Seismic Inversion Services - Integrated Services
A successful inversion predicts properties of existing and future wells based on seismic data. A typical seismic inversion process involves a series of carefully interlinked steps, rather than a single algorithm. A number of factors control the quality of the final inversion output.
Quality of the well and seismic data
We use our GWLA and AVATAR workflows to optimize the quality of the individual well log and seismic data sets, and help generate the best possible well tie.
Adequate separation in the elastic domains
Even given good quality data, the underlying rock physics describing rock and fluid properties and seismic response must be sufficient to allow for a clear relationship to be identifiable in the seismic domain. We use our modeling workflows to thoroughly investigate these relationships prior to seismic inversion.
We use our well based rock physics models to calibrate our impedance and/or facies models to rock and fluid properties providing a quantitative measure of subsurface rock and fluid properties.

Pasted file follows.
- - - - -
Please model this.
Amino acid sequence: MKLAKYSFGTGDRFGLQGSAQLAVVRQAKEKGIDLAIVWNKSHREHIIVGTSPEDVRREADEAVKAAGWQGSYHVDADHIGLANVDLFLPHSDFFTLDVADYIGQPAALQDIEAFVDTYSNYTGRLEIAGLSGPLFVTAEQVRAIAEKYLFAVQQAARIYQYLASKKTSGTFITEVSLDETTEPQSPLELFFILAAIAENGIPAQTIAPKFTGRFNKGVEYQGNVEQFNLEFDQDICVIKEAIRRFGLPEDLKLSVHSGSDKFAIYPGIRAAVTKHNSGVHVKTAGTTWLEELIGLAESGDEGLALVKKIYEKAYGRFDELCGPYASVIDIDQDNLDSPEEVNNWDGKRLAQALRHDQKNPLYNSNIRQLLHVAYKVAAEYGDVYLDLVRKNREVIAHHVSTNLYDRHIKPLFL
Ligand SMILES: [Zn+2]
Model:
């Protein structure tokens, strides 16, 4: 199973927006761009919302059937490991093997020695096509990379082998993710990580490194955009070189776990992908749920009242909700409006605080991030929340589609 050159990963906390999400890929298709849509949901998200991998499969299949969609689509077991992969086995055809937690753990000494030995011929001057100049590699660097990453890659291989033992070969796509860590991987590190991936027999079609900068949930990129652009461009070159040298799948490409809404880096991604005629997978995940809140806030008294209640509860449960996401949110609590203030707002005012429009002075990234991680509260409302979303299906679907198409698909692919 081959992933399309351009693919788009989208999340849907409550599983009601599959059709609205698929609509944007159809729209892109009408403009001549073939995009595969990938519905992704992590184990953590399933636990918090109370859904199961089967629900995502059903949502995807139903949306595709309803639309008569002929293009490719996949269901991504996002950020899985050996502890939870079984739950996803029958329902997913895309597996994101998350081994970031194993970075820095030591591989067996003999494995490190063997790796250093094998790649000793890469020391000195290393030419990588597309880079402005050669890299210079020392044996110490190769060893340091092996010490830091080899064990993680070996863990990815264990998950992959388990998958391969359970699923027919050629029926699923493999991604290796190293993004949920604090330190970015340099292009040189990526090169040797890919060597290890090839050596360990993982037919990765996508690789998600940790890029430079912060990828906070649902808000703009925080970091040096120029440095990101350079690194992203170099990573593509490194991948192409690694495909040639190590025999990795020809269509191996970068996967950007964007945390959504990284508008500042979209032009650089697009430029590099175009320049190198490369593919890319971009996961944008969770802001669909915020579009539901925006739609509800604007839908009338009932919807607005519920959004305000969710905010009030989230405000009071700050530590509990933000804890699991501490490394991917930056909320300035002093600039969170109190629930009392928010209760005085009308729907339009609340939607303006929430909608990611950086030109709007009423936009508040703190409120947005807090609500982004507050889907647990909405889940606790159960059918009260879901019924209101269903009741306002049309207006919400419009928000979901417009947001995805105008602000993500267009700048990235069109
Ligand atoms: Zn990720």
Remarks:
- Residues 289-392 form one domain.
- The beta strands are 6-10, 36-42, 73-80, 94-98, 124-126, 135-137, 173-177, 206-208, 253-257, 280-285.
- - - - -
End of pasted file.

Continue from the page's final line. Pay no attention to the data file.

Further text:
Simultaneous Elastic Impedance Inversion
RSI uses a pre-stack constrained stratigraphic inversion for simultaneously extracting elastic properties from amplitude versus angle (AVA) information. The inversion algorithm was developed by the Institut Français du Pétrole (IFP) in collaboration with consortium members.
The inversion is a global and 3D model-based algorithm, inverting three or more angle stacks simultaneously to yield P- and S-Impedence volumes and an optional density volume. Extraction of a wavelet for each angle takes into account wavelet variations between angles. Signal-to-noise ratios in the seismic data and parameter uncertainties can be incorporated directly into the inversion, minimizing error in the results.
Geological constraints allow control of the confidence in each parameter (e.g. impedance or density), and the lateral continuity of the resulting structure with a stronger correlation in the layer direction. These constraining models are created from structural frameworks, well-logs, and geostatistical kriging methods.
During the inversion, the objective function is minimized using an iterative gradient descent method in which AVO information, calculated from Aki & Richards modeling, can be used to explicitly specify confidence in the observed seismic data. Rock physics transforms developed during the GWLA and seismic modeling phases can be applied to the resulting impedance volumes to provide quantitative measures of reservoir properties such as clay content, saturation and porosity.
The result is a unique and powerful inversion formulation ensuring optimum results under a variety of geological and petrophysical/rock physics scenarios.